Sen. Clinton puts celebrity power to work in Tampa
During the $100-a-head event, New York Sen. Hillary Clinton raised nearly $150,000 for the Florida Democratic Party and offered a blistering assessment of the current administration, today in Tampa.
By ADAM C. SMITH
Published February 25, 2006
TAMPA - New York Sen. Hillary Clinton turned her celebrity power to raising money for Florida Democrats Saturday, offering a blistering assessment of Republican leadership in Washington.
"I know you can get discouraged sometimes when you see what's happening in Washington. I also yell at the television set. Now that Bill and I have Tivo, Bill and I rewind it and yell again," the former first lady quipped to a crowded hotel ballroom. "But it's time to turn that frustration into action. We have to direct that action toward taking our country back and changing America. ... And we can target our passion. Lucky for us, we have better aim than some in Washington."
Wrapping up a three-day swing through Florida where she raised money for her own re-election campaign and for Florida Sen. Bill Nelson's re-election campaign, Clinton in Tampa raised at least $150,000 for the Florida Democratic Party. She spoke to several hundred Democrats paying $100 each to see her at the Wyndham Westshore hotel and then attended $1,000-per person and $10,000-per-person receptions at the home of Janet Cruz Rifkin.
In her speech at the hotel, Clinton criticized the White House for its handling of hurricane Katrina, for driving up deficits while refusing to budge from tax cuts for the wealthiest Americans. She said that Republican leaders are failing to adequately fund Everglades restoration, to invest in making ports less vulnerable to terrorists, are looking at drilling off the Florida coast, and produced a "badly flawed, drug-industry-written" prescription drug plan.
"They decided the most important health issues were exploiting the tragedy of Terri Schiavo and stifling stem cell research," said Clinton, who last year drew criticism for staying mum when the senate pushed for intervention in the Schiavo case.
As a mega star in the Democratic Party, Clinton is a champion fundraiser who has raised an estimated $50-million for Democrats across the country and invariably stirs speculation about her presidential aspirations. Several people at the Wyndham waved "Hillary for President in 2008" bumper stickers, and Dee Dee Smith, the wife of Democratic gubernatorial candidate Rod Smith drew cheers with her question to the crowd: "Wouldn't it be great to see a woman in the White House?"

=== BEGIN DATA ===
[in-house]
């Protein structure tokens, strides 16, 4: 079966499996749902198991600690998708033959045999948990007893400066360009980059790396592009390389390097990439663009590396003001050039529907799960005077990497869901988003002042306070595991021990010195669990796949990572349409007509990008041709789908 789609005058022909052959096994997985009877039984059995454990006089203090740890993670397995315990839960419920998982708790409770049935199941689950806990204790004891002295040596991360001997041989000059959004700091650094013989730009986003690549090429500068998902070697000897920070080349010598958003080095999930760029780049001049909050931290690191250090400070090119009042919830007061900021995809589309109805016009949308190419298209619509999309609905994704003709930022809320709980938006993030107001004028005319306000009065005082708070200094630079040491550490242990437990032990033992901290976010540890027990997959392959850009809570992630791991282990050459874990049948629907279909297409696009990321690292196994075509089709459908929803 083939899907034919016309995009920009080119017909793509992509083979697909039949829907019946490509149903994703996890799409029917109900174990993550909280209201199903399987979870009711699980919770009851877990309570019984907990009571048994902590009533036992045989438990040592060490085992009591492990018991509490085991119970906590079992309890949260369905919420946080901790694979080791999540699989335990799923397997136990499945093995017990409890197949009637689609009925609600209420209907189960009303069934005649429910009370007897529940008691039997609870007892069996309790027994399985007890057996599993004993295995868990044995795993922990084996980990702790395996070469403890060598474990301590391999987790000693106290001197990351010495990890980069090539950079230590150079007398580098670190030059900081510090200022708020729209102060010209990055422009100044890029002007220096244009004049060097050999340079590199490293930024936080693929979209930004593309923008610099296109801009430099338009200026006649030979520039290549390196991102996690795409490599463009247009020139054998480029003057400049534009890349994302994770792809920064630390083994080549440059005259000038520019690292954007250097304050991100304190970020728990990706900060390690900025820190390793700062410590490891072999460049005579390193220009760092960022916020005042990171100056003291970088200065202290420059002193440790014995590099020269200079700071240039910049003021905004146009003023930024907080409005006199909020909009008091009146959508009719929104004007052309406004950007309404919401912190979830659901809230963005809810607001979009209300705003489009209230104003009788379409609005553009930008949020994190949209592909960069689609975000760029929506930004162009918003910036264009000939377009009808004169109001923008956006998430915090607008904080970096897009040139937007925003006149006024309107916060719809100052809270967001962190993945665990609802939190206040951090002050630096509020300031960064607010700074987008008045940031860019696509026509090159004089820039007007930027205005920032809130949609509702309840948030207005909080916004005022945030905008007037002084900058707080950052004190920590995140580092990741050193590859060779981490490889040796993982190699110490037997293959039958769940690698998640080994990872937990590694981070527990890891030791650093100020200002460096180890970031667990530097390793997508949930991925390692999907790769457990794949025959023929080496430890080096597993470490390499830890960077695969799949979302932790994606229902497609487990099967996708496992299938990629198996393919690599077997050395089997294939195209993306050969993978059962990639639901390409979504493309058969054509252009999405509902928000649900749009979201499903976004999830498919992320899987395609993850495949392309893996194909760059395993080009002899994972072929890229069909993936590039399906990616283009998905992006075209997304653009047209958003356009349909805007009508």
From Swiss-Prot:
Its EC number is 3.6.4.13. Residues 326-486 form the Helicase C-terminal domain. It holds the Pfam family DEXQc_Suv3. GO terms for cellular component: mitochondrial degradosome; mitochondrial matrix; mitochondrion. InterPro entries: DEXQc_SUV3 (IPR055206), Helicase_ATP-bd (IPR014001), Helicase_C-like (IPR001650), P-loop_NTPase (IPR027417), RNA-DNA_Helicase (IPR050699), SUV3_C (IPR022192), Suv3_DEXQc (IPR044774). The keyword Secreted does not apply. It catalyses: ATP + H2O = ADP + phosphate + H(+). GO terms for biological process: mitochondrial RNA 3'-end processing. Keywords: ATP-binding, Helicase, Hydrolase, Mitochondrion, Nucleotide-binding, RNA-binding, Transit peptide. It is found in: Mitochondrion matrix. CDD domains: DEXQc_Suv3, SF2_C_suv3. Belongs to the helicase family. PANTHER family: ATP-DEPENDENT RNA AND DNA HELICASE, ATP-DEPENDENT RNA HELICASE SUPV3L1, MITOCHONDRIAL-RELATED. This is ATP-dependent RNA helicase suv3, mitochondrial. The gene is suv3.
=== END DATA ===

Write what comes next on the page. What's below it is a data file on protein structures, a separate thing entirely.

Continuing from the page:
For all her star power, the wife of Bill Clinton is also a polarizing figure - on the right and the left.
Outside the hotel, activists with "Veterans For Peace" and "St. Pete For Peace" protested against her and Bill Nelson for voting to authorize the war in Iraq, and for not embracing a pull out of American forces. Meanwhile, the state Republican Chairwoman Carole Jean Jordan bashed her as being too liberal to appeal to most Floridians.
"The truth remains, Hillary Clinton, Bill Nelson and the Democrat Party lack any agenda for winning the War on Terror or growing our economy," Jordan said in a statement.
The Tampa Tribune editorial page welcomed her to Tampa with an editorial beseeching her not to run for president: "Many people simply don't trust you. You may share your husband's name, but what people liked about him is not transferable to you."
Among those gathered to see her, however, most described her a unifying figure.
Bill Kerr, a retired Navy captain from Ponte Vedra Beach, had been a Republican for 47 years, before switching his allegiance to the Democrats after George W. Bush's first term. He clapped firmly, as the New York senator spoke of Washington Republicans making choices reflecting "ideology, influence and incompetence - sometimes all three."
He may not wind up supporting her for president, but Kerr said she's a strong voice for the Democratic Party. "She's mellowed, if you will, over the last couple years," Kerr said. "She's not nearly as far left as people used to think."
Adam C. Smith can be reached at 727893-8241 or firstname.lastname@example.org